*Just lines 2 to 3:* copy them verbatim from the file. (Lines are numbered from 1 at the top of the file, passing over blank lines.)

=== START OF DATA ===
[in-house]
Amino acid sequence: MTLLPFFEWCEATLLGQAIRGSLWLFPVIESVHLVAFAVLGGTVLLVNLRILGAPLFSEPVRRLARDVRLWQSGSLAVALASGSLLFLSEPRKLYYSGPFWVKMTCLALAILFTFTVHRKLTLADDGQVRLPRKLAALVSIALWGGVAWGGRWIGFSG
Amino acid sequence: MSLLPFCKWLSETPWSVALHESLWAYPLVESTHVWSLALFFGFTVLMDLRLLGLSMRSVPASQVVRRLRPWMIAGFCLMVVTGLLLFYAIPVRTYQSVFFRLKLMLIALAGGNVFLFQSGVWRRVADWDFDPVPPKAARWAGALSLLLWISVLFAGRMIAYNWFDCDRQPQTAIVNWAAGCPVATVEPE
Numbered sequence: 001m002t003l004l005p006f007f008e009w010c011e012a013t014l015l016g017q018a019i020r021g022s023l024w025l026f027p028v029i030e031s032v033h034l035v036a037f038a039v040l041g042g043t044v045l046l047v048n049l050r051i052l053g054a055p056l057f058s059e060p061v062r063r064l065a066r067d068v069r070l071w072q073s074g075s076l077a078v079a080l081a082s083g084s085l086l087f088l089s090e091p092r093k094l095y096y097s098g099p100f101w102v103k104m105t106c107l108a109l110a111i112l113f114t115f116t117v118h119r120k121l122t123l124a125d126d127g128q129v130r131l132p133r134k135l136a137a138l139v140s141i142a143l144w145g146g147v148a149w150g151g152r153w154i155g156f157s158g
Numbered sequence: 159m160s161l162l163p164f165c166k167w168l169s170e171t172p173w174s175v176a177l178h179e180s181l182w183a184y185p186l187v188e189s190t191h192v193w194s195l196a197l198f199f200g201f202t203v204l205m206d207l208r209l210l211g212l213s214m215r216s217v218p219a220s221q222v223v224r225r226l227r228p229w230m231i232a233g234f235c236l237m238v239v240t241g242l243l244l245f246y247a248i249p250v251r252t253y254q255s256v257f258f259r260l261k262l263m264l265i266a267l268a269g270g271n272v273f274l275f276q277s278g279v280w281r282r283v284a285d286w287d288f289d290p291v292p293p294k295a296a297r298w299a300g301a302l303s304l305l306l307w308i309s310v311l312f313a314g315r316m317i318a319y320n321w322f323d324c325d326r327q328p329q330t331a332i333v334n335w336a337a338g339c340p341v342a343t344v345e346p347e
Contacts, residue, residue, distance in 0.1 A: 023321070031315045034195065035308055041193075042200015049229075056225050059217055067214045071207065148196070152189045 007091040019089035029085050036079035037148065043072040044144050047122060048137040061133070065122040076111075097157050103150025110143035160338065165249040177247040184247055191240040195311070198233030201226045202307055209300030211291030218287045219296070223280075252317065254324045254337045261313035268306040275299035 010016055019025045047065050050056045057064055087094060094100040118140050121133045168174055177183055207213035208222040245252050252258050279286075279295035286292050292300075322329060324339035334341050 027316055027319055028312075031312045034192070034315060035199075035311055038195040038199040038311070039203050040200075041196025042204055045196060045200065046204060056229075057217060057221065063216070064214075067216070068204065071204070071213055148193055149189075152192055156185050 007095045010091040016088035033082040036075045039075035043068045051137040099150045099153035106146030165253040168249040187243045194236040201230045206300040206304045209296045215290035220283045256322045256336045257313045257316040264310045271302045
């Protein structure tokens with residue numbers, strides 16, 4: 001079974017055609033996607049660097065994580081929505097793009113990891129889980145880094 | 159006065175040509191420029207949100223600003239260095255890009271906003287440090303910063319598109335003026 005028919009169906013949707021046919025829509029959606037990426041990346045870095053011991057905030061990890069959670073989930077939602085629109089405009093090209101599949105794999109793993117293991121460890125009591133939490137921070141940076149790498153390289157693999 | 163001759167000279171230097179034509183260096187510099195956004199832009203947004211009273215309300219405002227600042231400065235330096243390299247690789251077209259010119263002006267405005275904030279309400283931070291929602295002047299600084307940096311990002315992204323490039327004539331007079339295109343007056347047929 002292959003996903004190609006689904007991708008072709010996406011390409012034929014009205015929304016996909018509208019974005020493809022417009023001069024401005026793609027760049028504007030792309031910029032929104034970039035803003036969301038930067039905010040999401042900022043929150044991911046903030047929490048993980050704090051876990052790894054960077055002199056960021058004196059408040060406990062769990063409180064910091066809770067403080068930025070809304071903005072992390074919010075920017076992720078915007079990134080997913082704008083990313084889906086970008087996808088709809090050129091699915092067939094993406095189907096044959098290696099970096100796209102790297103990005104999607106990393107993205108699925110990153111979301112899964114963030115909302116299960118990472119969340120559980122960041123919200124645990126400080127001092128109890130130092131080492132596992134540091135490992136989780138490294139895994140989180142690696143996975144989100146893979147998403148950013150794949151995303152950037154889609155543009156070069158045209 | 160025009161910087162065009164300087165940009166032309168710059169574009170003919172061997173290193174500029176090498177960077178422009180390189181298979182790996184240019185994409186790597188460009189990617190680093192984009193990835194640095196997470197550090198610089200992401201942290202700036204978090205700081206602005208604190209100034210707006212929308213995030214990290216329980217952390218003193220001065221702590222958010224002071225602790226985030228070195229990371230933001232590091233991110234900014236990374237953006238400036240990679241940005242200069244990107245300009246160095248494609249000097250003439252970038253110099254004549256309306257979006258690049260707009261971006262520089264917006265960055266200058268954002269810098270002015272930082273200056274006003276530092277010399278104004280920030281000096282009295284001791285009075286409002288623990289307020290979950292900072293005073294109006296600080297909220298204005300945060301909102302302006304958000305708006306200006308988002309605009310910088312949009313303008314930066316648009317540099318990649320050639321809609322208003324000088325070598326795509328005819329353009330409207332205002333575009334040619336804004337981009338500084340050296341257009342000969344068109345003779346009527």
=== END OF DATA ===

Amino acid sequence: MTLLPFFEWCEATLLGQAIRGSLWLFPVIESVHLVAFAVLGGTVLLVNLRILGAPLFSEPVRRLARDVRLWQSGSLAVALASGSLLFLSEPRKLYYSGPFWVKMTCLALAILFTFTVHRKLTLADDGQVRLPRKLAALVSIALWGGVAWGGRWIGFSG
Amino acid sequence: MSLLPFCKWLSETPWSVALHESLWAYPLVESTHVWSLALFFGFTVLMDLRLLGLSMRSVPASQVVRRLRPWMIAGFCLMVVTGLLLFYAIPVRTYQSVFFRLKLMLIALAGGNVFLFQSGVWRRVADWDFDPVPPKAARWAGALSLLLWISVLFAGRMIAYNWFDCDRQPQTAIVNWAAGCPVATVEPE